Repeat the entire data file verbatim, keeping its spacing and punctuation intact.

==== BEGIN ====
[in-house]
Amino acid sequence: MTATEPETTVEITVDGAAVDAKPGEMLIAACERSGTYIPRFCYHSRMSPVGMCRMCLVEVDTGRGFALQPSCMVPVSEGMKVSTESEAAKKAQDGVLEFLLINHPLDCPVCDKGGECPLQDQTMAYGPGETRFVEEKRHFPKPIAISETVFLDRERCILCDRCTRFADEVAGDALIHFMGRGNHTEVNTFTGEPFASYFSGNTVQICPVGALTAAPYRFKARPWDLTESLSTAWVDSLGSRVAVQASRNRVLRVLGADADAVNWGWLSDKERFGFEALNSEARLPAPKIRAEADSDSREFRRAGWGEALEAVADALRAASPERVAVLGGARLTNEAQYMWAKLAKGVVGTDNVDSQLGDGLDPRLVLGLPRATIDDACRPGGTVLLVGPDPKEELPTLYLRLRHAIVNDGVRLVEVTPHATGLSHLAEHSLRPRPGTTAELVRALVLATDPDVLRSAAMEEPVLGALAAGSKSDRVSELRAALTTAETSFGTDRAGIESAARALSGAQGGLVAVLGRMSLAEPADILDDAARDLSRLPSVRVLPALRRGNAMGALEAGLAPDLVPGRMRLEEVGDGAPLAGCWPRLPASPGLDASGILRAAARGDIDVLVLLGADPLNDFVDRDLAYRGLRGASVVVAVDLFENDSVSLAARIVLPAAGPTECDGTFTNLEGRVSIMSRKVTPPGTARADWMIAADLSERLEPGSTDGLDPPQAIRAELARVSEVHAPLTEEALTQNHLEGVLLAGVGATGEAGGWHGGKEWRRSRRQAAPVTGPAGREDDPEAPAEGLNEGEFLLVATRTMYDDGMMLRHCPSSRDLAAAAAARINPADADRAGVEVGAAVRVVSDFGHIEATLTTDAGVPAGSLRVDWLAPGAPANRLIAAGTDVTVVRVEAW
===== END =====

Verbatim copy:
[in-house]
Amino acid sequence: MTATEPETTVEITVDGAAVDAKPGEMLIAACERSGTYIPRFCYHSRMSPVGMCRMCLVEVDTGRGFALQPSCMVPVSEGMKVSTESEAAKKAQDGVLEFLLINHPLDCPVCDKGGECPLQDQTMAYGPGETRFVEEKRHFPKPIAISETVFLDRERCILCDRCTRFADEVAGDALIHFMGRGNHTEVNTFTGEPFASYFSGNTVQICPVGALTAAPYRFKARPWDLTESLSTAWVDSLGSRVAVQASRNRVLRVLGADADAVNWGWLSDKERFGFEALNSEARLPAPKIRAEADSDSREFRRAGWGEALEAVADALRAASPERVAVLGGARLTNEAQYMWAKLAKGVVGTDNVDSQLGDGLDPRLVLGLPRATIDDACRPGGTVLLVGPDPKEELPTLYLRLRHAIVNDGVRLVEVTPHATGLSHLAEHSLRPRPGTTAELVRALVLATDPDVLRSAAMEEPVLGALAAGSKSDRVSELRAALTTAETSFGTDRAGIESAARALSGAQGGLVAVLGRMSLAEPADILDDAARDLSRLPSVRVLPALRRGNAMGALEAGLAPDLVPGRMRLEEVGDGAPLAGCWPRLPASPGLDASGILRAAARGDIDVLVLLGADPLNDFVDRDLAYRGLRGASVVVAVDLFENDSVSLAARIVLPAAGPTECDGTFTNLEGRVSIMSRKVTPPGTARADWMIAADLSERLEPGSTDGLDPPQAIRAELARVSEVHAPLTEEALTQNHLEGVLLAGVGATGEAGGWHGGKEWRRSRRQAAPVTGPAGREDDPEAPAEGLNEGEFLLVATRTMYDDGMMLRHCPSSRDLAAAAAARINPADADRAGVEVGAAVRVVSDFGHIEATLTTDAGVPAGSLRVDWLAPGAPANRLIAAGTDVTVVRVEAW